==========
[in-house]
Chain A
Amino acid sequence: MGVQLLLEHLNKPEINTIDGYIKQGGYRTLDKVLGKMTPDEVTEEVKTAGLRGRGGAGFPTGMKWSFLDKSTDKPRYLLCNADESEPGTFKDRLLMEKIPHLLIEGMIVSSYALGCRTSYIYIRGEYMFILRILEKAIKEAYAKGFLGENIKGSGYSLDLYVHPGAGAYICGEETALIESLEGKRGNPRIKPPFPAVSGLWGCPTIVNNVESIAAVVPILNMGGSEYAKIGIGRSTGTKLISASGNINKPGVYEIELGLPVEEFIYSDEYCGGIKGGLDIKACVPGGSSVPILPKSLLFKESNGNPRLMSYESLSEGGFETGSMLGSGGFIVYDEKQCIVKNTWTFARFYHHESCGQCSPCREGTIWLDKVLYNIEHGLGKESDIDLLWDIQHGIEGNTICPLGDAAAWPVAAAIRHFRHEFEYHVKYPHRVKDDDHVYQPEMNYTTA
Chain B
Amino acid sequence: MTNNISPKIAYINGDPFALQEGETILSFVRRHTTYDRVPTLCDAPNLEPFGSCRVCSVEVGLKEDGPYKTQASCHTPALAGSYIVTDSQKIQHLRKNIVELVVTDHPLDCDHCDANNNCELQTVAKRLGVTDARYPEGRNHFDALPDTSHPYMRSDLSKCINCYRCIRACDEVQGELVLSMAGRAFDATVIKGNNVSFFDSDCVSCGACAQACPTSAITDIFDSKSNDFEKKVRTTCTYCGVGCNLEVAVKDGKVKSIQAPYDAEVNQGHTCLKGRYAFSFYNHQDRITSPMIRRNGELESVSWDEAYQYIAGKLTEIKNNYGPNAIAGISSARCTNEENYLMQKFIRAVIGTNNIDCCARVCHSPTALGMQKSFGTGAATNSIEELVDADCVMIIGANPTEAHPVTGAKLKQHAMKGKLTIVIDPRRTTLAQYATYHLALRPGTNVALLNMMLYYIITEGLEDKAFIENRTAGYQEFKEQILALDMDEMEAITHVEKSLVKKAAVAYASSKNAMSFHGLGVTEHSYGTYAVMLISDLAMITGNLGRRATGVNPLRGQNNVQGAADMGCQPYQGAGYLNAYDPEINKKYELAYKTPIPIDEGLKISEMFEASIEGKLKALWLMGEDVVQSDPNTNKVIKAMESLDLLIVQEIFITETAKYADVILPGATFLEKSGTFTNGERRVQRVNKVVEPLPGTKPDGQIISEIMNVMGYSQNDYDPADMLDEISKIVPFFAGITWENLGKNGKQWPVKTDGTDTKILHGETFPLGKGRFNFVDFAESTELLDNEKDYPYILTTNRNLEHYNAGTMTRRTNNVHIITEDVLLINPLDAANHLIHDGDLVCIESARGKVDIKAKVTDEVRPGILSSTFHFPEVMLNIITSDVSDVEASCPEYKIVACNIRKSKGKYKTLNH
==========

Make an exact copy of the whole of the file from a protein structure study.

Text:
[in-house]
Chain A
Amino acid sequence: MGVQLLLEHLNKPEINTIDGYIKQGGYRTLDKVLGKMTPDEVTEEVKTAGLRGRGGAGFPTGMKWSFLDKSTDKPRYLLCNADESEPGTFKDRLLMEKIPHLLIEGMIVSSYALGCRTSYIYIRGEYMFILRILEKAIKEAYAKGFLGENIKGSGYSLDLYVHPGAGAYICGEETALIESLEGKRGNPRIKPPFPAVSGLWGCPTIVNNVESIAAVVPILNMGGSEYAKIGIGRSTGTKLISASGNINKPGVYEIELGLPVEEFIYSDEYCGGIKGGLDIKACVPGGSSVPILPKSLLFKESNGNPRLMSYESLSEGGFETGSMLGSGGFIVYDEKQCIVKNTWTFARFYHHESCGQCSPCREGTIWLDKVLYNIEHGLGKESDIDLLWDIQHGIEGNTICPLGDAAAWPVAAAIRHFRHEFEYHVKYPHRVKDDDHVYQPEMNYTTA
Chain B
Amino acid sequence: MTNNISPKIAYINGDPFALQEGETILSFVRRHTTYDRVPTLCDAPNLEPFGSCRVCSVEVGLKEDGPYKTQASCHTPALAGSYIVTDSQKIQHLRKNIVELVVTDHPLDCDHCDANNNCELQTVAKRLGVTDARYPEGRNHFDALPDTSHPYMRSDLSKCINCYRCIRACDEVQGELVLSMAGRAFDATVIKGNNVSFFDSDCVSCGACAQACPTSAITDIFDSKSNDFEKKVRTTCTYCGVGCNLEVAVKDGKVKSIQAPYDAEVNQGHTCLKGRYAFSFYNHQDRITSPMIRRNGELESVSWDEAYQYIAGKLTEIKNNYGPNAIAGISSARCTNEENYLMQKFIRAVIGTNNIDCCARVCHSPTALGMQKSFGTGAATNSIEELVDADCVMIIGANPTEAHPVTGAKLKQHAMKGKLTIVIDPRRTTLAQYATYHLALRPGTNVALLNMMLYYIITEGLEDKAFIENRTAGYQEFKEQILALDMDEMEAITHVEKSLVKKAAVAYASSKNAMSFHGLGVTEHSYGTYAVMLISDLAMITGNLGRRATGVNPLRGQNNVQGAADMGCQPYQGAGYLNAYDPEINKKYELAYKTPIPIDEGLKISEMFEASIEGKLKALWLMGEDVVQSDPNTNKVIKAMESLDLLIVQEIFITETAKYADVILPGATFLEKSGTFTNGERRVQRVNKVVEPLPGTKPDGQIISEIMNVMGYSQNDYDPADMLDEISKIVPFFAGITWENLGKNGKQWPVKTDGTDTKILHGETFPLGKGRFNFVDFAESTELLDNEKDYPYILTTNRNLEHYNAGTMTRRTNNVHIITEDVLLINPLDAANHLIHDGDLVCIESARGKVDIKAKVTDEVRPGILSSTFHFPEVMLNIITSDVSDVEASCPEYKIVACNIRKSKGKYKTLNH